The Worst Housing Affordability Ever?

Each week Redfin puts out a housing market update full of valuable data and nice-looking charts of trends on sales prices, asking prices, new listings, housing supply and more.

This one has to be painful for anyone who’s in the market for a house right now:

The year-over-year numbers up 15% are bad enough being but just look at how much more affordable things were as recently as 2020 and 2021.

This is part of the reason the housing affordability issue is that much more excruciating now — the pace of the increases happened so quickly.

We’ve simply never seen prices and rates rise this fast in such a short period of time.

The I-can’t-believe-I-missed-it factor has to be off the charts right now.

I occasionally update a chart of average monthly mortgage payments over the past three-plus decades using median existing home sale prices, 30 year mortgage rates and the assumption of a 20% down payment:

See if you can spot the run-up in prices and mortgage rates.

Even when adjusting for inflation to even things out a bit, housing prices are precarious at the moment for anyone taking on a new mortgage payment:

There is a personal finance rule of thumb that goes something like this — spend somewhere in the range of 28-30% of your income on housing.

These things are not written in stone but that’s probably not a bad starting point with the usual caveats that it depends on your circumstances, where you live, how much you save, yada, yada, yada.

Using the same median price data for existing homes in the United States, I compared the monthly payment over time to the median household income going back to 1989:

This is just monthly mortgage payments and does not include things like insurance, property taxes or upkeep so this isn’t all-encompassing in that 28-30% spending rule.

But this does a nice job of putting current mortgage payments into context. Shockingly, mortgage payments were higher as a percentage of median household income back in the late-1980s and early-1990s.

The good news is real incomes have increased over time while rates were falling. That helped.

The bad news is rates and prices rose so quickly that we’ve erased affordability overnight.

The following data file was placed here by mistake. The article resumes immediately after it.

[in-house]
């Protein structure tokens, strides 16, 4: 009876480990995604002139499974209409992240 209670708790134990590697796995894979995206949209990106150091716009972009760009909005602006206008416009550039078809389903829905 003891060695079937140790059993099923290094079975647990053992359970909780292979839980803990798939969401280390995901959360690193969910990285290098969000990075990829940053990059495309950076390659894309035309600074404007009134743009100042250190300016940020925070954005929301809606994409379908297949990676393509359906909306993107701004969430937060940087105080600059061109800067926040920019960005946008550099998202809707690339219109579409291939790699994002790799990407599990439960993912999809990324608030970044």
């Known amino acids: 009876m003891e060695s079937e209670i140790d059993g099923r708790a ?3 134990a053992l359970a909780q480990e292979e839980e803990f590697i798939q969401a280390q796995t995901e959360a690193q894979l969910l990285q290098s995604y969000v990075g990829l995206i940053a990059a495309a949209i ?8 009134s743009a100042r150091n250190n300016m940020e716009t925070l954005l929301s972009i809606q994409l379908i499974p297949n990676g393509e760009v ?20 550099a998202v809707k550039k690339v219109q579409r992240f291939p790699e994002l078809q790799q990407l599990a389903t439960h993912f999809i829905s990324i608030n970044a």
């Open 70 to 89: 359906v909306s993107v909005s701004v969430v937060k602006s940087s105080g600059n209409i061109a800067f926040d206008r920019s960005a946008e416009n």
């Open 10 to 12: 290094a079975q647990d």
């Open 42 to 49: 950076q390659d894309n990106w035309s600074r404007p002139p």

It’s probably not helpful to those in the market for a house today, but with the benefit of hindsight, the 2008-2017-ish range looks like a generational buying opportunity in residential real estate.

If you purchased a home in that time frame, consider yourself lucky. I do.

So what are your options if you’re in the market for a house right now?

You could wait. Housing prices have come down a bit but not nearly enough to make up for the change in rates and enormous gains we’ve seen in recent years.

With mortgage rates back to nearly 7% one would expect prices to continue correcting. I could see mortgage rates staying in the 6-7% range IF the economy keeps humming along and IF the Fed doesn’t throw us into a recession.

Higher for longer mortgage rates could certainly be a headwind for the housing market.

However, that’s not a guarantee because of the supply-demand imbalance we have.

John Burns Research shows buyers still outnumber sellers by a wide margin in today’s market:

The other problem with waiting is housing is more of a personal asset than a financial one. The finances of it obviously matter but most people move because of life reasons, not investment reasons.

You could buy and hope. Finance people love to say that hope is not a strategy. It’s a good saying but most big financial decisions have to incorporate some element of hope in them.

Let’s work through the different levels of hope you’d be baking into buying a house right now, even at these price and mortgage rate levels:

  • You hope you can grow into your payment over time. The best part about a fixed rate mortgage is your payment is, well, fixed and your income will likely grow over time. This is one of the reasons housing is such a good inflation hedge.
  • You hope mortgage rates will go down. If we do go into a recession or inflation falls even more or both you would expect interest rates to go down which would in turn mean mortgage rates would fall. That average $2,651 monthly payment at 6.79% would fall to $2,062 at 4.5%. I can’t promise the ability to refinance at those rates in the coming years but it would make buying at current levels make more sense if it happens.
  • You hope the housing market doesn’t roll over. It wouldn’t be much fun to make one of the biggest purchases of your life only to see it fall in value immediately after buying. I understand this worry but it matters much more if you’re a short-term homeowner. I don’t like the idea of buying a house if you’re not going to own it for a minimum of 7-10 years, which would help lessen the importance of the current price point.

Here’s the thing — no matter what type of housing market we’re in, the only variable that matters is this: can you afford the monthly payment and ancillary costs that come with owning a home?

For some people right now that answer is a resounding NO.

Others will plug their nose and continue buying right now because they want or need to own a home, prices and mortgage rates be damned.

Further Reading:
The Housing Market Lottery

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